Wednesday, January 02, 2008

*New* Elevation Tools

The addition of rTSS to WKO+ required some additional tools and features within the application. Namely, because the calculations for Normalized Graded Pace are heavily dependent upon good elevation data, we needed to provide some facilities for correcting elevation. GPS devices, while getting better, still have difficulty determining the correct elevation in some circumstances. And, if you run on a treadmill, that good old barometric sensor in your watch just isn't going to give you what you want.

To that end, we've added two new correction tools. Both are available on the Edit Corrections menu. And, you can access either by right-clicking on the range name or current selection next to the Graph View.

The first and most exciting is the support for correcting elevation data from GPS devices by using either of two web services. The first retrieves the best known elevation data from the US Geological Service. Folks with TrainingPeaks subscriptions are also given the choice of using TrainingPeaks new "Ground Control" service which is now being updated with the latest information as it becomes available. The advantage of using GroundControl is that it runs very quickly compared with the USGS system.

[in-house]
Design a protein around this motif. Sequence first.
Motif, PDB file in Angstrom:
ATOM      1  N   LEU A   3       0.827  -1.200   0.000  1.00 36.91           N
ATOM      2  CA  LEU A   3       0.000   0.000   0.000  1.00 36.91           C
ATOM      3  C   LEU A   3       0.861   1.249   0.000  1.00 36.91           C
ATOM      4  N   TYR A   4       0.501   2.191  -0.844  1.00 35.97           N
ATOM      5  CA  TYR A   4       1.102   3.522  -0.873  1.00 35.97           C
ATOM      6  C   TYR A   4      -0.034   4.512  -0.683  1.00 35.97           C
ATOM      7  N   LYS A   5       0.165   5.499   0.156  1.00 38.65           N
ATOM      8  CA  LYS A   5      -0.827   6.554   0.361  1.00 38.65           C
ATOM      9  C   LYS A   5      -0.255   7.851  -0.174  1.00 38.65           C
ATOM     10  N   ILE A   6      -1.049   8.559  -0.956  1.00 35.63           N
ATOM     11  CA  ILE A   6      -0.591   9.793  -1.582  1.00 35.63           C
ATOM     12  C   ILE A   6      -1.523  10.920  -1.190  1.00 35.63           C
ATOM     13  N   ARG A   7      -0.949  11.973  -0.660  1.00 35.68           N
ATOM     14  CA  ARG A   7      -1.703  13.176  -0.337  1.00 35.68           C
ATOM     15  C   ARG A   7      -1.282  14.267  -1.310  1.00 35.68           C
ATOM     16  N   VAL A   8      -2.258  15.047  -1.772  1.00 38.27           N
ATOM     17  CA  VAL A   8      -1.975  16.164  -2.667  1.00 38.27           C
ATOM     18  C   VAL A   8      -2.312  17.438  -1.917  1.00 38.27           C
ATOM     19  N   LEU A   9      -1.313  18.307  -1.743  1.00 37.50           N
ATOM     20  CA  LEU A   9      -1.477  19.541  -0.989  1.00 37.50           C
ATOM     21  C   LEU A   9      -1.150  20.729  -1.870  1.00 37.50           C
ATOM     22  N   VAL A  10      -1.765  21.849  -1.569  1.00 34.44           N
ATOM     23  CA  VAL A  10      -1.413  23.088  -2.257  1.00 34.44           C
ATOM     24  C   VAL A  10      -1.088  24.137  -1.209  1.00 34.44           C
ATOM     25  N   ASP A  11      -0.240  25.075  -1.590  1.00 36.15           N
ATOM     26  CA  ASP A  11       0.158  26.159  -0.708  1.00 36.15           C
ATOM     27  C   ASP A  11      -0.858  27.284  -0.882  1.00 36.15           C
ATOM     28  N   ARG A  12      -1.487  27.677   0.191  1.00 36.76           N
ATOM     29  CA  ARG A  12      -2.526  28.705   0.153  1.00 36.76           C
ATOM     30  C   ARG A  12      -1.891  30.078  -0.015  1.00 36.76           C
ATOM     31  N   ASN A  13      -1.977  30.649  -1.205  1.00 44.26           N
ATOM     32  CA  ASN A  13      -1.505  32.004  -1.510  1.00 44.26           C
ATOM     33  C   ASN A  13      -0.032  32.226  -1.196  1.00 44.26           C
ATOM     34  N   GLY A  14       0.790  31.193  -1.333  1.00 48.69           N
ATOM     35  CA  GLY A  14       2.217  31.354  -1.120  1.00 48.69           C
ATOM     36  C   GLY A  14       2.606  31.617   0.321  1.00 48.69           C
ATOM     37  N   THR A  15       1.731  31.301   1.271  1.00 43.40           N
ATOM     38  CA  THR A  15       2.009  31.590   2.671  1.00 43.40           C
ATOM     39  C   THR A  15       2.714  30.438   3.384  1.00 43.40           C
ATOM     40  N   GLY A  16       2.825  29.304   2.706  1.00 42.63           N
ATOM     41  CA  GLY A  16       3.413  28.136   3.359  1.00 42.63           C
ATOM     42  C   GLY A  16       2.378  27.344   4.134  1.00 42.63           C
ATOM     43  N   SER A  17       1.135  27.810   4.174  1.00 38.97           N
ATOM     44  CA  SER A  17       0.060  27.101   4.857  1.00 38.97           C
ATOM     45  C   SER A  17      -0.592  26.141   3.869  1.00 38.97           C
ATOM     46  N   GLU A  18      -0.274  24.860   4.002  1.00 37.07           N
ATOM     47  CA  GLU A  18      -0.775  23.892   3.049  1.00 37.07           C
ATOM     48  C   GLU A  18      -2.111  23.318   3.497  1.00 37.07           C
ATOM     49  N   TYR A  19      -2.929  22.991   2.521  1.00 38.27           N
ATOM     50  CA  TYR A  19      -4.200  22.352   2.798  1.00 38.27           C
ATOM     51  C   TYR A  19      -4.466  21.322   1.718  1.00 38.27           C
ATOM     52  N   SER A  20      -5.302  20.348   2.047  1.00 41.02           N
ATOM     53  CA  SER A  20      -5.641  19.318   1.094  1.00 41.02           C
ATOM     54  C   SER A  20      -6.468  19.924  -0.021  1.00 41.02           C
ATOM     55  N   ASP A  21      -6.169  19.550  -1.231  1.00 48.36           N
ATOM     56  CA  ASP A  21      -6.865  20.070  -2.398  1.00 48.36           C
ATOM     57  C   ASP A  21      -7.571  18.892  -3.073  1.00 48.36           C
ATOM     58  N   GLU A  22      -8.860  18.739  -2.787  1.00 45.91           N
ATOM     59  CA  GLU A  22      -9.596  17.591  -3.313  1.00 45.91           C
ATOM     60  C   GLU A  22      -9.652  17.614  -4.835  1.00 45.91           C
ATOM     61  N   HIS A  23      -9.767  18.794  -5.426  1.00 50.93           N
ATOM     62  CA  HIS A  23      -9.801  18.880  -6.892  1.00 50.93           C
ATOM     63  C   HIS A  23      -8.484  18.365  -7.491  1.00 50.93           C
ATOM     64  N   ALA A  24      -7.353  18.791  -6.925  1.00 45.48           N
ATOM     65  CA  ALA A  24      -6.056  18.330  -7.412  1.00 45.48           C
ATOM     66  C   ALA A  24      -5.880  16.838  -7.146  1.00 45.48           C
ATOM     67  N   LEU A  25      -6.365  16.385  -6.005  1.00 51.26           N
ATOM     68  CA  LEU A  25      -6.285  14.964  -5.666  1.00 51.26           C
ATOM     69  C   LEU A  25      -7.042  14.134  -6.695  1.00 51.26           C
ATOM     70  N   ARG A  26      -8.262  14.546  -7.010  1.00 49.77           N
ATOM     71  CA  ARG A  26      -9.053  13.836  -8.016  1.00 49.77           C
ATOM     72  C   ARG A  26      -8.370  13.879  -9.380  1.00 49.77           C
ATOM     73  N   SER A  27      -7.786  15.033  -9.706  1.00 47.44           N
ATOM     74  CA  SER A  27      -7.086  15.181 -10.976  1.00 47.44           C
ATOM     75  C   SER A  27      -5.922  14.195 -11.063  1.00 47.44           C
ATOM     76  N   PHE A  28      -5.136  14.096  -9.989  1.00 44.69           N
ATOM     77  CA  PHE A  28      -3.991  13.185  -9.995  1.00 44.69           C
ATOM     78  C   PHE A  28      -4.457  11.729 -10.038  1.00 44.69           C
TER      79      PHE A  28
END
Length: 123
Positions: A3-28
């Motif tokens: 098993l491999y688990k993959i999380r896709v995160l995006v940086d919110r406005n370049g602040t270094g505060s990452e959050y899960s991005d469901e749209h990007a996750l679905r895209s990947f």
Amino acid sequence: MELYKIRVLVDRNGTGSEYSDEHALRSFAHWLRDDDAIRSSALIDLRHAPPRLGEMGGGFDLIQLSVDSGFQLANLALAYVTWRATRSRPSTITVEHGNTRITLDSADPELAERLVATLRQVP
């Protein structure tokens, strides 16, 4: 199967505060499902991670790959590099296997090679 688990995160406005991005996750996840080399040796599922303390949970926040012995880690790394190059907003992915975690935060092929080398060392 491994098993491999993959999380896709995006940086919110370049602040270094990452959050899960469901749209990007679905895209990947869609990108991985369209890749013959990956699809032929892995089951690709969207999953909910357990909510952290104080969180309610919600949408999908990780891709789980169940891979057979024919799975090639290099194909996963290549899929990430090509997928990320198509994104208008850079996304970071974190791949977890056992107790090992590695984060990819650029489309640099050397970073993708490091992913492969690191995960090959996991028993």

The second way to either correct your elevation or even add an elevation channel to your workout file is to use the Override Altitude Manually dialog. This tool allows you to set the elevation for any range simply by providing a starting elevation and a % grade.

This example demonstrates how I fix a file after running on the treadmill.

In each picture, the original elevation as reported by the device is depicted in orange. The "fixed" elevation is depicted in yellow.

Neither feature is limited to run workouts and Cyclists may find the features helpful as well.

So, what kind of effect does fixing your elevation have
on rTSS? Well, comparing the rTSS from the first graphic with the corrected graphic, we find that rTSS has changed from 66.4 to 72.9. That's almost a 10% change! So, be sure to take a look at the elevation data coming from your run workouts!